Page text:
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Flu is still hanging around in some regions, CDC warns

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The flu season may be winding down, but parents of young children have reason to remain watchful.

You may want to take a little extra time washing your hands if you’re visiting relatives this Passover and Easter weekend. Doctors are still seeing a number of patients with flu, but the numbers are declining amid an intense flu season.

The US Centers for Disease Control and Prevention confirmed four more flu-associated pediatric deaths in the 12th week of the season, bringing the total to 137 since October. Puerto Rico and 16 states were still seeing widespread flu cases during the week ending March 24, the CDC said Friday in its weekly surveillance report.

Caused by viruses, the flu is an infection that makes your nose run, makes it hard to breathe, can cause aches and fever and can sap your strength. Often, it can clear up on its own, but it can be severe and even deadly.

The CDC says 27,438 people were hospitalized with the flu between October 1 and March 24. Those most vulnerable are people over age 65, followed by adults between the ages of 50 and 64 years old. Small children and people with underlying medical conditions like asthma or who are overweight are also vulnerable to an intense case of the flu.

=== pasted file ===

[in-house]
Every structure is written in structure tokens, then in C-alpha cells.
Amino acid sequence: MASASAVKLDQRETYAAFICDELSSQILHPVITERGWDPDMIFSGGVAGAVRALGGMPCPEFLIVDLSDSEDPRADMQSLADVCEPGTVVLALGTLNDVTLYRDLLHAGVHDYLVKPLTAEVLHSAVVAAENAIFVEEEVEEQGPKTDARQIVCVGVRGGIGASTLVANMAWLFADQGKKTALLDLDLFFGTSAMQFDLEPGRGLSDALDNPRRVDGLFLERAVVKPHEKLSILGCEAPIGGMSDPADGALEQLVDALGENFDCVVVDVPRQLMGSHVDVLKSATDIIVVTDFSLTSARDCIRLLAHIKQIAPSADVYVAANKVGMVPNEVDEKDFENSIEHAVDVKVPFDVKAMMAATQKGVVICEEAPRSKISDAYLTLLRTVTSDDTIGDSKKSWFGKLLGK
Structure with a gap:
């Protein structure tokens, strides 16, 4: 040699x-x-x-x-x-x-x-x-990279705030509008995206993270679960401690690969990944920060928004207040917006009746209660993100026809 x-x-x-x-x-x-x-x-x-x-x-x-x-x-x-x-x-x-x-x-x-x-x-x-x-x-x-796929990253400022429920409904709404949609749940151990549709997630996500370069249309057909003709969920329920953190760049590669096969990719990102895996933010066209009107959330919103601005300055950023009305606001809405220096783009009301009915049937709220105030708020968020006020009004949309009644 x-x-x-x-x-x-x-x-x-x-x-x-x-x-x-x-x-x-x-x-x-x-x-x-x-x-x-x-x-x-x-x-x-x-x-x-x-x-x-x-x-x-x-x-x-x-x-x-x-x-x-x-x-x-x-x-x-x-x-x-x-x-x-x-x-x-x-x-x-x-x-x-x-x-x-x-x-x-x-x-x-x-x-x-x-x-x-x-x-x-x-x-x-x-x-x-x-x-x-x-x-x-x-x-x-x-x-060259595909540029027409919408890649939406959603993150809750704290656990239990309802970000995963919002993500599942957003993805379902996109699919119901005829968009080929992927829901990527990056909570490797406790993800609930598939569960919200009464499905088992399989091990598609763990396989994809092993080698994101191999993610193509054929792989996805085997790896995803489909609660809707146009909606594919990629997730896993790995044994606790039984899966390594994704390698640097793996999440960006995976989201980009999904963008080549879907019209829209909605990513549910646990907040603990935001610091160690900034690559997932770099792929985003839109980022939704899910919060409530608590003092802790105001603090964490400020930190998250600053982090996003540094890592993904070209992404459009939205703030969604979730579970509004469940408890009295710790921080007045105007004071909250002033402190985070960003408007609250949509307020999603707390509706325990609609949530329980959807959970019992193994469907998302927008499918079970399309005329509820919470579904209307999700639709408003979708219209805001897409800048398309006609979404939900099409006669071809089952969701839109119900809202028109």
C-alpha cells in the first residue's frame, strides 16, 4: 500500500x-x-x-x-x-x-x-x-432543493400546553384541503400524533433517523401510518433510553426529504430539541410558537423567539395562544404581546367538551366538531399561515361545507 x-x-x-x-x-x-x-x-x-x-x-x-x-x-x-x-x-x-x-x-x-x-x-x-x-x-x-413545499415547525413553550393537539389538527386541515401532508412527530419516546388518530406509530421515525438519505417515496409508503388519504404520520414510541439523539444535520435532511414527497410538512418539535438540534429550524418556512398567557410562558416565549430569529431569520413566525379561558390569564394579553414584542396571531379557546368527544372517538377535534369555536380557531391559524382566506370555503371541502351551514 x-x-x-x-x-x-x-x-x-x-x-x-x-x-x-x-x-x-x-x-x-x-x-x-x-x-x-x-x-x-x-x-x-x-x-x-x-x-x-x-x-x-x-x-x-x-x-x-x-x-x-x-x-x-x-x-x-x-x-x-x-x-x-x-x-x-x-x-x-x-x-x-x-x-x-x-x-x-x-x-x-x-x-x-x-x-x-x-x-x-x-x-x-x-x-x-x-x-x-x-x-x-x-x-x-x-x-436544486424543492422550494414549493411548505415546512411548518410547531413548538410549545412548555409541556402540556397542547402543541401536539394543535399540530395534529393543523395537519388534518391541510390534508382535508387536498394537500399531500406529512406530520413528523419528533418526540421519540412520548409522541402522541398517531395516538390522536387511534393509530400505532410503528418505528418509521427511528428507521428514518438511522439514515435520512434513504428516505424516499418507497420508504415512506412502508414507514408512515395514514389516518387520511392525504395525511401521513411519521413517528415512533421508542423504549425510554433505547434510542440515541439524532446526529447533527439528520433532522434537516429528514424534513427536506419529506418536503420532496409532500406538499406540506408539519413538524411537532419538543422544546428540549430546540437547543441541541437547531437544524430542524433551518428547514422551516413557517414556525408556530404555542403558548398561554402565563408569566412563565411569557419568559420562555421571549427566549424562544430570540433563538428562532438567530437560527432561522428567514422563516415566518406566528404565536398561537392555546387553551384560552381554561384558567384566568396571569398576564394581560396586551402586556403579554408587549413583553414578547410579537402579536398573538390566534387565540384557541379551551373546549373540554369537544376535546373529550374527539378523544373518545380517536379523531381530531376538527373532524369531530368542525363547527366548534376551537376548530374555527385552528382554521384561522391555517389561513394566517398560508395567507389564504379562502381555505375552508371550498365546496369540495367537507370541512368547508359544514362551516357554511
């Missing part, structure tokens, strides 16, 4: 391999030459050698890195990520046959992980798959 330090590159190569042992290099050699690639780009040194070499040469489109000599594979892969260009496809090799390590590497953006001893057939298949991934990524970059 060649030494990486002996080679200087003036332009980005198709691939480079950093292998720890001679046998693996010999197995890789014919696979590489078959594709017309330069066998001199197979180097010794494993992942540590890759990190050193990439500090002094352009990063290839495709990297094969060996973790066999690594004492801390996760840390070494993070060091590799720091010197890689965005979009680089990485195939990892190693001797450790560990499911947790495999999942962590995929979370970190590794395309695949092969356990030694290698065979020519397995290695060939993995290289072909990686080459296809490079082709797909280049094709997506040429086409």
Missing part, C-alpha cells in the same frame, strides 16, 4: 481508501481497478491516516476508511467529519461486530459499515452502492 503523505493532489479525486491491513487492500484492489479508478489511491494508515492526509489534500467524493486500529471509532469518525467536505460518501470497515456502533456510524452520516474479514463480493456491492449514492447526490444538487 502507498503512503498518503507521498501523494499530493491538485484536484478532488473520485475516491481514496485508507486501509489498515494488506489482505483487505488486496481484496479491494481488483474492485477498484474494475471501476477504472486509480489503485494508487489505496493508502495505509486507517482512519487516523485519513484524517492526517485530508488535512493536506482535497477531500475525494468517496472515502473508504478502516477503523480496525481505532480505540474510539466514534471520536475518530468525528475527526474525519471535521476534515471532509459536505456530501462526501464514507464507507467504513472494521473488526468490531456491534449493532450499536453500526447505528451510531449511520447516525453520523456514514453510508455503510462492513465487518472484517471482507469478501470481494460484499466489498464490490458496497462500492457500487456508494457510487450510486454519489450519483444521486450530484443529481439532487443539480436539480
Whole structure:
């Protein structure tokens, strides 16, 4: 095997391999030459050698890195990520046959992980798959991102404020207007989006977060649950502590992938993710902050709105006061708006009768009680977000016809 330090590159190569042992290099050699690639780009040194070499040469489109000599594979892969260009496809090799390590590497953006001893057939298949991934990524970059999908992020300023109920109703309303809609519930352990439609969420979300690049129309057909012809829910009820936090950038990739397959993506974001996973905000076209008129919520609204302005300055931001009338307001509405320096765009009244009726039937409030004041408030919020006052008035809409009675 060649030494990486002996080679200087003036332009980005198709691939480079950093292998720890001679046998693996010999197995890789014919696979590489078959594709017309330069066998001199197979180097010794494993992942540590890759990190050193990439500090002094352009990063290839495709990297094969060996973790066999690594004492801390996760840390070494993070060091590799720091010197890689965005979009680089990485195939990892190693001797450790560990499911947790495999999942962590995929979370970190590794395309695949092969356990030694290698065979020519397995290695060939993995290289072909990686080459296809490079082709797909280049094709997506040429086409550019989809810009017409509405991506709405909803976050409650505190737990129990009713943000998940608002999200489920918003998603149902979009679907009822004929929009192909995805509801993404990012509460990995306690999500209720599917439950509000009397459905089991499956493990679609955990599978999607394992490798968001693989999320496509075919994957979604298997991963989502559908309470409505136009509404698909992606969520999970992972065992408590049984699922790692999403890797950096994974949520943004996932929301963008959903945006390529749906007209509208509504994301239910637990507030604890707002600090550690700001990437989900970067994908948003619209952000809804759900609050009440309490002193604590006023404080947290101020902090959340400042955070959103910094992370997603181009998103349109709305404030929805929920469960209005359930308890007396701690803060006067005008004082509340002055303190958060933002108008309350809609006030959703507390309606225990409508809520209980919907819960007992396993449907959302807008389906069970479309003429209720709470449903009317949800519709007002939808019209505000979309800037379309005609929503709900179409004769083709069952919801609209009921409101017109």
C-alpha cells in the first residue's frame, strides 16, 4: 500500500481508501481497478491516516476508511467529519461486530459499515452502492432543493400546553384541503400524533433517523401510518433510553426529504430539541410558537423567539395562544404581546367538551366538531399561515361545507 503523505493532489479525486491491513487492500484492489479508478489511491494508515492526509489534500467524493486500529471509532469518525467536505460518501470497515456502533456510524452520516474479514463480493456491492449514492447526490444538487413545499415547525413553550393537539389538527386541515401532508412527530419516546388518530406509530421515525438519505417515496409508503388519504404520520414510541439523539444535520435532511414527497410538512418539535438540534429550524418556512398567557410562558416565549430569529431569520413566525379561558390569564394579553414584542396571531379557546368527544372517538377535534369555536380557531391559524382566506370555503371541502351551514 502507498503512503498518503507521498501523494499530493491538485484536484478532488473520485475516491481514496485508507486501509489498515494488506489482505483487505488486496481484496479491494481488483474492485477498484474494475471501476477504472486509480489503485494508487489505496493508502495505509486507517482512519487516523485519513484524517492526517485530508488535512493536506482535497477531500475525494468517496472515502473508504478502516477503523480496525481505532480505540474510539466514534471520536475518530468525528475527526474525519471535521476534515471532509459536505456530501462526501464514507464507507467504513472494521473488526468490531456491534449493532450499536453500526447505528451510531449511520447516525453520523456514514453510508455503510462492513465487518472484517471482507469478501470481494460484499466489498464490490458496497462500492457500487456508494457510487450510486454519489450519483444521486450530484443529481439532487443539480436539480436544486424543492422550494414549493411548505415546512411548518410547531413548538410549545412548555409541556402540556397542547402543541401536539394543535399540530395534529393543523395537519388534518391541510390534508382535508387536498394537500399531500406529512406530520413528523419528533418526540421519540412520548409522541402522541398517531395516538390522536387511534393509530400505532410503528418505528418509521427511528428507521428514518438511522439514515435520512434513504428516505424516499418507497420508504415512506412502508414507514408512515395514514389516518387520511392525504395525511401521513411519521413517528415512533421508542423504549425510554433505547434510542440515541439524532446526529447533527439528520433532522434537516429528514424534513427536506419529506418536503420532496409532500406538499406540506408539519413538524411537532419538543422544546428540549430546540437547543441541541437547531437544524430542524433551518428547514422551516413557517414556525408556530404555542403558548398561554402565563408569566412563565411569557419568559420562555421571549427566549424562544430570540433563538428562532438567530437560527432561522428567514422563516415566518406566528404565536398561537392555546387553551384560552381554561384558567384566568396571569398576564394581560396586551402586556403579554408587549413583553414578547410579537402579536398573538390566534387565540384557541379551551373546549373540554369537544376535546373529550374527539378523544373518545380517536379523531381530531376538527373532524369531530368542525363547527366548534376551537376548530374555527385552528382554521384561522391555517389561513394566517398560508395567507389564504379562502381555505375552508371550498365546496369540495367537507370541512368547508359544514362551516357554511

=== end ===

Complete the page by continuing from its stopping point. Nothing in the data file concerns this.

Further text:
There were 3,943 new confirmed infections for the week ending March 24, bringing the total this season to 254,280.

The states where doctors’ waiting rooms are still busy with flu cases include Alaska, California, Connecticut, Delaware, Indiana, Maine, Maryland, Massachusetts, Nebraska, New Hampshire, New York, Ohio, Oklahoma, Rhode Island, Virginia and Wisconsin. Regional activity was reported in 22 states. Four states had high outpatient activity, and eight had moderate rates.

Sporadic flu activity was reported by four states: Alabama, Hawaii, Mississippi and Vermont.

If you want to escape the flu completely, head to the US Virgin Islands, which was reporting no flu activity at all.

Nationally, about 2.5% of people who went to the doctor had flu-like symptoms in the week ending March 24. That’s above the expected level — just 0.03% higher — but the percentage has gone down from the previous week, when the rate was 2.7%.

Looking at lab evidence, the CDC found a mix of flu strains making the rounds this season, including A strains such as H3N2 and H1N1. The B strains of the virus seem to be showing up more recently, but even those are slowing.

It’s not too late to get a flu shot, if you haven’t. Even if you’ve been sick once this season, because of the variety of viruses, you can still get a different strain.

“The flu continues to decline,” CDC spokeswoman Kristen Nordlund said. “And it’s likely to go below baseline in the next couple of weeks.”

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